Landing a star has become one surefire way for a cable net to entice media and viewers. But it doesn’t always work as planned.
At TCA last week, theatrical-level stars — Holly Hunter, Glenn Close and Michael Keaton — were so ubiquitous that the Beverly Hilton ballroom took on the feel of an Oscar bash.
But other celebs — especially those not used to the rhythms of the TV press tour — generated some odd moments.
Showtime may have hoped to lure in younger viewers when it signed on Mary-Kate Olsen for a role on “Weeds.” But it couldn’t have been thrilled with the press reaction to the former child star.
Olsen looked somnolent, barely mumbling answers to the many questions she was asked, and distracted from talk about the series. The media got so perturbed (Canadian columnist Bill Brioux: “Acting like an adult was not a priority for Olsen on this day”) that exec producer Jenji Kohan had to interrupt, “Let’s talk about ‘Weeds.’ ”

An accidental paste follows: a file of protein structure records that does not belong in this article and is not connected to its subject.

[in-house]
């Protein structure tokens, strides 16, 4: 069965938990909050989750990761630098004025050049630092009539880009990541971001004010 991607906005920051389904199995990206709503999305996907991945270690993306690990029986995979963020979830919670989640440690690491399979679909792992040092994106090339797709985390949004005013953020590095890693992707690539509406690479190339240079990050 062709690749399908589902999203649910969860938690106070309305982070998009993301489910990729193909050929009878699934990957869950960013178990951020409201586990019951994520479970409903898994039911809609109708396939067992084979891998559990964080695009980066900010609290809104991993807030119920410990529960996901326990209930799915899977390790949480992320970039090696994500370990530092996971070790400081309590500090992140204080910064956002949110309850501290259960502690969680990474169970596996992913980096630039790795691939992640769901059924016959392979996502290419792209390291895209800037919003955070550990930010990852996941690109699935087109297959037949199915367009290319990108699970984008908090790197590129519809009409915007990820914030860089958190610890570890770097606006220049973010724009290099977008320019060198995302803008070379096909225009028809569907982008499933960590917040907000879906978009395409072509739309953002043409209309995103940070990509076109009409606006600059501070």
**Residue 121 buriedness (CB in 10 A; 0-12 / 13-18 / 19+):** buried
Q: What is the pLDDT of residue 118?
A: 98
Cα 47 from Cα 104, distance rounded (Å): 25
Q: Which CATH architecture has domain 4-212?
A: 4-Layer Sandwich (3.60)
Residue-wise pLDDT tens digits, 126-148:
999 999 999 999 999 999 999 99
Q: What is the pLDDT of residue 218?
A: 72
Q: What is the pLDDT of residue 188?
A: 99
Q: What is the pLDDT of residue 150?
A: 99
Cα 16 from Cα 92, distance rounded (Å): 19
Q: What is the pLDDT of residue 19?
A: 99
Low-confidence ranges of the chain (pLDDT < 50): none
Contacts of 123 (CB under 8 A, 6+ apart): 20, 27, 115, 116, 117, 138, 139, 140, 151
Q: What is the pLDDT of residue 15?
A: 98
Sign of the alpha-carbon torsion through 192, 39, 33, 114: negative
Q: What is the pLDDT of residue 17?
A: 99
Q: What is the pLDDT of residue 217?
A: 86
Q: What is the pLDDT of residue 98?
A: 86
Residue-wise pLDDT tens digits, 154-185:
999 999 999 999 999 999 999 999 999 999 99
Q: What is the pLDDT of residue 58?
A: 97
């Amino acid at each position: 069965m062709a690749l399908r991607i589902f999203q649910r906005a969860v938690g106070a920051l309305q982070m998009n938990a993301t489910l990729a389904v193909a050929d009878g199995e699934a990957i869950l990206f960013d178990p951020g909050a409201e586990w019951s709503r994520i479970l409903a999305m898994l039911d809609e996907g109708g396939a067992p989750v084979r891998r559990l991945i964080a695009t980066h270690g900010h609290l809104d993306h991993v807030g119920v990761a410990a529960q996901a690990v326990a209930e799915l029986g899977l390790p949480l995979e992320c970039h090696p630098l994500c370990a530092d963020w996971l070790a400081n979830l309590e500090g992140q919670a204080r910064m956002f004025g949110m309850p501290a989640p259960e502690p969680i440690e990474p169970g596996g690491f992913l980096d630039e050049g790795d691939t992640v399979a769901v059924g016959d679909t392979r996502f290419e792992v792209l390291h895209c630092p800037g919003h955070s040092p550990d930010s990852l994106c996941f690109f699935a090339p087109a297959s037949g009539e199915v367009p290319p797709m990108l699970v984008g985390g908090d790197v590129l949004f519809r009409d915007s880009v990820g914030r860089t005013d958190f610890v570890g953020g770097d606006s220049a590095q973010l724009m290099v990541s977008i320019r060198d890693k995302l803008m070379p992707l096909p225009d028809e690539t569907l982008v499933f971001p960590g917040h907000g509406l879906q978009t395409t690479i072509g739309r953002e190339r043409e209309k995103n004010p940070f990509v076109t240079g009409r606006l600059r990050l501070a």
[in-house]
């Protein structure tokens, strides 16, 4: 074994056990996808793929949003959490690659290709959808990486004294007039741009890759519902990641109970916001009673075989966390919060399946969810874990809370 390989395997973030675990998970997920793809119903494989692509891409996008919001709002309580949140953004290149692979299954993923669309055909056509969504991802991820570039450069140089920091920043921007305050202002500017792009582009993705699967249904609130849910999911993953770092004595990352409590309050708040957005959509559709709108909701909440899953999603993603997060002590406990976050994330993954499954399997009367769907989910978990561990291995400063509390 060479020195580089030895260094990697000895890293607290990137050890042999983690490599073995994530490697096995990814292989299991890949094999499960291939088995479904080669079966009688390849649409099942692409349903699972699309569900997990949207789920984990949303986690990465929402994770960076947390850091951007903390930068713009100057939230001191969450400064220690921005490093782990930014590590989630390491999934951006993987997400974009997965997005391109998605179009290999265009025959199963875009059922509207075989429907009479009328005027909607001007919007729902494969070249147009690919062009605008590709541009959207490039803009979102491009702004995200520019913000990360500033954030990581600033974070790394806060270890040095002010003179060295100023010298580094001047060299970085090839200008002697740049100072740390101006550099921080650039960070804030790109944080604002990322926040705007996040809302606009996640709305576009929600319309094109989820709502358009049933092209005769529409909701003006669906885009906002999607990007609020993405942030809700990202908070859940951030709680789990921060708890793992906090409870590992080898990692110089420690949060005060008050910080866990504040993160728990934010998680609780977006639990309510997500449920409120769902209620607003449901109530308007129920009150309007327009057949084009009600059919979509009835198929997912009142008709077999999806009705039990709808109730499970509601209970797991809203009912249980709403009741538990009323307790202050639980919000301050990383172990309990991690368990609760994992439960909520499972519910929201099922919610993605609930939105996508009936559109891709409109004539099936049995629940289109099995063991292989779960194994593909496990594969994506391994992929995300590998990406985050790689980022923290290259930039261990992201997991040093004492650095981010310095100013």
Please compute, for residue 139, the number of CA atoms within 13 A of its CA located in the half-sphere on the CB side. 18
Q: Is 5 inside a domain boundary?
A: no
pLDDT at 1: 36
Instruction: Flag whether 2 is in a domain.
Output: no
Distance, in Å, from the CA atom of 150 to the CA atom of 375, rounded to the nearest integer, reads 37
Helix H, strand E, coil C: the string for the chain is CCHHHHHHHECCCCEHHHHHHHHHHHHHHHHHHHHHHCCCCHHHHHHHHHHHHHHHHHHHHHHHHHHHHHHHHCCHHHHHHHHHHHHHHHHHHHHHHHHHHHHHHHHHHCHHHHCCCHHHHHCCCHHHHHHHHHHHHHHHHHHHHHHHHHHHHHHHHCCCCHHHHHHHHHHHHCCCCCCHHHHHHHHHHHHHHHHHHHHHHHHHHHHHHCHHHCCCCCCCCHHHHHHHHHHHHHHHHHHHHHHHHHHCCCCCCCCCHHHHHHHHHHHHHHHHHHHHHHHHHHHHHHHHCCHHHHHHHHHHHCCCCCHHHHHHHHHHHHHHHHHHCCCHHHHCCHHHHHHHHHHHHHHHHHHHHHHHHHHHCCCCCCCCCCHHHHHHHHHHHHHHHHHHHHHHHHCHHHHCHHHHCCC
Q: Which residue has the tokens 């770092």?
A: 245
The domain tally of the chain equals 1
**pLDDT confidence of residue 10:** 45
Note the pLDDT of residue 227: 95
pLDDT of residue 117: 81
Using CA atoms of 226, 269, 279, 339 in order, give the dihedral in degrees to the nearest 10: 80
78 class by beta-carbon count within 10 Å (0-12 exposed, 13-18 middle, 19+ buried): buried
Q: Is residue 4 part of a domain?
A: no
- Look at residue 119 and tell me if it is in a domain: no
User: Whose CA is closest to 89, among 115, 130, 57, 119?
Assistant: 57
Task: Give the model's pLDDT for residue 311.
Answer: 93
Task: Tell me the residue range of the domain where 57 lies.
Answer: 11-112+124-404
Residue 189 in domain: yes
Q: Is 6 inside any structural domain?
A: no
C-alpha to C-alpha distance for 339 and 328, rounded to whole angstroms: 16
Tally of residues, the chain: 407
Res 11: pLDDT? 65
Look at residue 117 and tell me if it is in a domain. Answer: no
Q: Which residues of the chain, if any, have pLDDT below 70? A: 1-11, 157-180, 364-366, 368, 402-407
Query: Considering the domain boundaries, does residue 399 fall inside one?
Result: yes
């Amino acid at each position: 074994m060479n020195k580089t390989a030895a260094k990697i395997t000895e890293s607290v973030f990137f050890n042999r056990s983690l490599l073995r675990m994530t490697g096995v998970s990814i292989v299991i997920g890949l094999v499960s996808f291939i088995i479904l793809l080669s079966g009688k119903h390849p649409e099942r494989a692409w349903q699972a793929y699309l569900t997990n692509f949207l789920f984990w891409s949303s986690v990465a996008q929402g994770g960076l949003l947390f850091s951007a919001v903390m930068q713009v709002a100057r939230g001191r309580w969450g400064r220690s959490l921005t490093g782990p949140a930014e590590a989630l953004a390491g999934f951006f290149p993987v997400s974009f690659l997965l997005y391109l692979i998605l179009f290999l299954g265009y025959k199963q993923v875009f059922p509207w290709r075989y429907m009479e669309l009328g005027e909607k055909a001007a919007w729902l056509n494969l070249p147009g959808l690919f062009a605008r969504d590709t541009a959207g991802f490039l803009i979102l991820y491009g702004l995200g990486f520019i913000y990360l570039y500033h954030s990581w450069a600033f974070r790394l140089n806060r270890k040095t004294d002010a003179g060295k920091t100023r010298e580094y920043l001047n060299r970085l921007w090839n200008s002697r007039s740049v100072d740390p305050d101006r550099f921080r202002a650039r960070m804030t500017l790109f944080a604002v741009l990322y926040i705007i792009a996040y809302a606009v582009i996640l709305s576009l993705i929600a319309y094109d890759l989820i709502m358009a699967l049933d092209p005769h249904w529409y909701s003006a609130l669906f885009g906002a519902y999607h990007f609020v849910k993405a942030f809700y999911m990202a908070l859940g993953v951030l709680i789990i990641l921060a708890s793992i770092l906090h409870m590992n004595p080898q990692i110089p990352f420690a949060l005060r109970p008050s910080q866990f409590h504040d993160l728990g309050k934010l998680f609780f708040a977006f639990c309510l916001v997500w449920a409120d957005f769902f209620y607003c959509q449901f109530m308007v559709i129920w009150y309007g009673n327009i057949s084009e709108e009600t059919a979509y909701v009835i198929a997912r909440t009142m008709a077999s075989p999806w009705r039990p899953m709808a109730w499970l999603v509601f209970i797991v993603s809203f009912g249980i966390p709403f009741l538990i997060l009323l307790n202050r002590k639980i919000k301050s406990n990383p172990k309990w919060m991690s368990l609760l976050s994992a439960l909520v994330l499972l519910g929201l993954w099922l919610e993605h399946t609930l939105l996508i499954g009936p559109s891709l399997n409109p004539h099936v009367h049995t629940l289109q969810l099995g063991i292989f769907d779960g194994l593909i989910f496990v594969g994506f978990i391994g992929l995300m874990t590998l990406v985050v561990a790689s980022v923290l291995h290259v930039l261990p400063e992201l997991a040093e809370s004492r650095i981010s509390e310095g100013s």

For tru (nee Court) TV, the presence of daytime name Star Jones may have backfired when a session about her new talk-show turned contentious. “Do you have any idea of the publicity damage you’re doing,” a reporter asked when Jones ducked the issue of outside media she’d be doing for the launch.
Sometimes, though, a distraction can be a good thing.
When Spike brought out Donnie Wahlberg and John Leguizamo on behalf of “The Kill Point,” a scripted series about Iraq veterans plotting a bank heist, the stars faced questions not about the war in the Mideast but on a lighter topic: Wahlberg and his boy band days.